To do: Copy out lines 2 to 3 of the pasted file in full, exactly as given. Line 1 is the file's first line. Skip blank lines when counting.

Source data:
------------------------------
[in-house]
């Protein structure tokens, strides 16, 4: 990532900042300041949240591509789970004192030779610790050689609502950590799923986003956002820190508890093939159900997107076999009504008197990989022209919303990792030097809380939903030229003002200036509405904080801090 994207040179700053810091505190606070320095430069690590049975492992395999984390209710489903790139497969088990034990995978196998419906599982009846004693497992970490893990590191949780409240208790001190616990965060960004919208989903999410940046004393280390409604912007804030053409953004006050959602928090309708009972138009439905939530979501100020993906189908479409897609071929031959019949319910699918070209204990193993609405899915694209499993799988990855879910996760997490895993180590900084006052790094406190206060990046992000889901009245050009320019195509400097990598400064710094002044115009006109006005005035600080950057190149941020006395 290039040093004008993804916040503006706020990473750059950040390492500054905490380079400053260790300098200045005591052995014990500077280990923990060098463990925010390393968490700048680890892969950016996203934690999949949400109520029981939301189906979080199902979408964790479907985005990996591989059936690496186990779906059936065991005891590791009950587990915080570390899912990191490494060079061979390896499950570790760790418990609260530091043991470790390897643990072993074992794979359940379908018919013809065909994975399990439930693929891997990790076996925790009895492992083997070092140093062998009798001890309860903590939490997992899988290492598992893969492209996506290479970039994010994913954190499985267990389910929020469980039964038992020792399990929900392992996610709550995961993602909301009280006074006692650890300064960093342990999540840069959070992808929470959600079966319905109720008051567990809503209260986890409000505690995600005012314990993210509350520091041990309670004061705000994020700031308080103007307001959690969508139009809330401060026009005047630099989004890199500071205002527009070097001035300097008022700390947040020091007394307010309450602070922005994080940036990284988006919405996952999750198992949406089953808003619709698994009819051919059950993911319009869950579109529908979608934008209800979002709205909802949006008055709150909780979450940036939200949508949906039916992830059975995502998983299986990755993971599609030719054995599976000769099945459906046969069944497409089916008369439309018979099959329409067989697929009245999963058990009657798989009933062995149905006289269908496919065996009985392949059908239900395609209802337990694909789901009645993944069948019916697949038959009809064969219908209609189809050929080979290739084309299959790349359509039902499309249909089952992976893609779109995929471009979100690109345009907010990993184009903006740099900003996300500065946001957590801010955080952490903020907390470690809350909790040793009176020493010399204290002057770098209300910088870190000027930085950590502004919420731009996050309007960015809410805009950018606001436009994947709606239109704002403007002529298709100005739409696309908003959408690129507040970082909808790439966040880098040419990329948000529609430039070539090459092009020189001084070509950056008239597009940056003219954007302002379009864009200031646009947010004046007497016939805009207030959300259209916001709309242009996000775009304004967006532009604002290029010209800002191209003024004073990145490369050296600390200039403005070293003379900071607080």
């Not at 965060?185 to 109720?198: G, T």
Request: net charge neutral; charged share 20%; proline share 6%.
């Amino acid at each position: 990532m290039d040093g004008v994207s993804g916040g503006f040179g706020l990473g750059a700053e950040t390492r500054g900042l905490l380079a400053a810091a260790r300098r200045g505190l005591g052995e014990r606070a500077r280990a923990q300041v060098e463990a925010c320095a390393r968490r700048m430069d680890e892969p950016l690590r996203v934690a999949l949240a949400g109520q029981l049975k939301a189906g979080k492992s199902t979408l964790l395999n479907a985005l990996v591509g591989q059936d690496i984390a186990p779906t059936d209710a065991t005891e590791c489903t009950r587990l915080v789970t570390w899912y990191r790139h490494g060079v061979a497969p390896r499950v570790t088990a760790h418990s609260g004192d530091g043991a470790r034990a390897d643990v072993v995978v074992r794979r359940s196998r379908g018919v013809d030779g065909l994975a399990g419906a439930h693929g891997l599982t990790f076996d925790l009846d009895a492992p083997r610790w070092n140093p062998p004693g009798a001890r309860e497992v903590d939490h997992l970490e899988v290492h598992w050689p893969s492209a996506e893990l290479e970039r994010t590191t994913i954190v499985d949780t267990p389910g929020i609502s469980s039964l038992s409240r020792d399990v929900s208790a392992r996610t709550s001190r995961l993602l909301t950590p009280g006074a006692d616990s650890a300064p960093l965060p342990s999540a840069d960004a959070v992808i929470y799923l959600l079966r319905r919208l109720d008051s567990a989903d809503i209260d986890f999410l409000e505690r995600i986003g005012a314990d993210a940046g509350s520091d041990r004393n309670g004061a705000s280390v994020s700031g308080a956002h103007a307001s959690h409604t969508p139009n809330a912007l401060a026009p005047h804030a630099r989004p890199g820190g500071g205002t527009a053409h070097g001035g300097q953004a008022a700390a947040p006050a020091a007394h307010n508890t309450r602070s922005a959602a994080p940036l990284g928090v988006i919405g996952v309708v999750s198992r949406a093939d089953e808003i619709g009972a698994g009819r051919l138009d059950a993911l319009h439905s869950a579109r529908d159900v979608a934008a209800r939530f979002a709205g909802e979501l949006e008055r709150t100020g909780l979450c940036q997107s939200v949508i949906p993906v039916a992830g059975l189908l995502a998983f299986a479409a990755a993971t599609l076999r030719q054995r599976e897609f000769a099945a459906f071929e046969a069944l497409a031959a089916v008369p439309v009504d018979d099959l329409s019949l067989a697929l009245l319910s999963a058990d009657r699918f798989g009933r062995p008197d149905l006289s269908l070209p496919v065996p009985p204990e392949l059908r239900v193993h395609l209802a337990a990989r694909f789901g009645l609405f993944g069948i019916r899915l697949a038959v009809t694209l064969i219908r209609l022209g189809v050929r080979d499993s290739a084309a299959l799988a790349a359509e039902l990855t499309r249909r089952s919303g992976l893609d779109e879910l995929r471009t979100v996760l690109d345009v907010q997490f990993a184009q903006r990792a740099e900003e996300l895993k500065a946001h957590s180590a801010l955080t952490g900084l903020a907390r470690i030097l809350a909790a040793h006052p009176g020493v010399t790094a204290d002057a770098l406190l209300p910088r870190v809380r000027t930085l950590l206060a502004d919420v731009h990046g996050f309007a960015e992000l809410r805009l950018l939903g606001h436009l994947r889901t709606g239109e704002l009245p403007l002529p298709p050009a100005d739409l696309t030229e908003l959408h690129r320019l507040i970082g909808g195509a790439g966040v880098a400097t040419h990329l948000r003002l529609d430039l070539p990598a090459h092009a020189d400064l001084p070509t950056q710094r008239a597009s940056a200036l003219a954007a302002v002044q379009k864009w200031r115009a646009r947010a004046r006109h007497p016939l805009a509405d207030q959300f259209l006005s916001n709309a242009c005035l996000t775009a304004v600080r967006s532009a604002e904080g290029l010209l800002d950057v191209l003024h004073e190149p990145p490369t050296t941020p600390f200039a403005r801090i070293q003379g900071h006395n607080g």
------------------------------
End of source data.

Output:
């Protein structure tokens, strides 16, 4: 990532900042300041949240591509789970004192030779610790050689609502950590799923986003956002820190508890093939159900997107076999009504008197990989022209919303990792030097809380939903030229003002200036509405904080801090 994207040179700053810091505190606070320095430069690590049975492992395999984390209710489903790139497969088990034990995978196998419906599982009846004693497992970490893990590191949780409240208790001190616990965060960004919208989903999410940046004393280390409604912007804030053409953004006050959602928090309708009972138009439905939530979501100020993906189908479409897609071929031959019949319910699918070209204990193993609405899915694209499993799988990855879910996760997490895993180590900084006052790094406190206060990046992000889901009245050009320019195509400097990598400064710094002044115009006109006005005035600080950057190149941020006395 290039040093004008993804916040503006706020990473750059950040390492500054905490380079400053260790300098200045005591052995014990500077280990923990060098463990925010390393968490700048680890892969950016996203934690999949949400109520029981939301189906979080199902979408964790479907985005990996591989059936690496186990779906059936065991005891590791009950587990915080570390899912990191490494060079061979390896499950570790760790418990609260530091043991470790390897643990072993074992794979359940379908018919013809065909994975399990439930693929891997990790076996925790009895492992083997070092140093062998009798001890309860903590939490997992899988290492598992893969492209996506290479970039994010994913954190499985267990389910929020469980039964038992020792399990929900392992996610709550995961993602909301009280006074006692650890300064960093342990999540840069959070992808929470959600079966319905109720008051567990809503209260986890409000505690995600005012314990993210509350520091041990309670004061705000994020700031308080103007307001959690969508139009809330401060026009005047630099989004890199500071205002527009070097001035300097008022700390947040020091007394307010309450602070922005994080940036990284988006919405996952999750198992949406089953808003619709698994009819051919059950993911319009869950579109529908979608934008209800979002709205909802949006008055709150909780979450940036939200949508949906039916992830059975995502998983299986990755993971599609030719054995599976000769099945459906046969069944497409089916008369439309018979099959329409067989697929009245999963058990009657798989009933062995149905006289269908496919065996009985392949059908239900395609209802337990694909789901009645993944069948019916697949038959009809064969219908209609189809050929080979290739084309299959790349359509039902499309249909089952992976893609779109995929471009979100690109345009907010990993184009903006740099900003996300500065946001957590801010955080952490903020907390470690809350909790040793009176020493010399204290002057770098209300910088870190000027930085950590502004919420731009996050309007960015809410805009950018606001436009994947709606239109704002403007002529298709100005739409696309908003959408690129507040970082909808790439966040880098040419990329948000529609430039070539090459092009020189001084070509950056008239597009940056003219954007302002379009864009200031646009947010004046007497016939805009207030959300259209916001709309242009996000775009304004967006532009604002290029010209800002191209003024004073990145490369050296600390200039403005070293003379900071607080």
């Not at 965060?185 to 109720?198: G, T």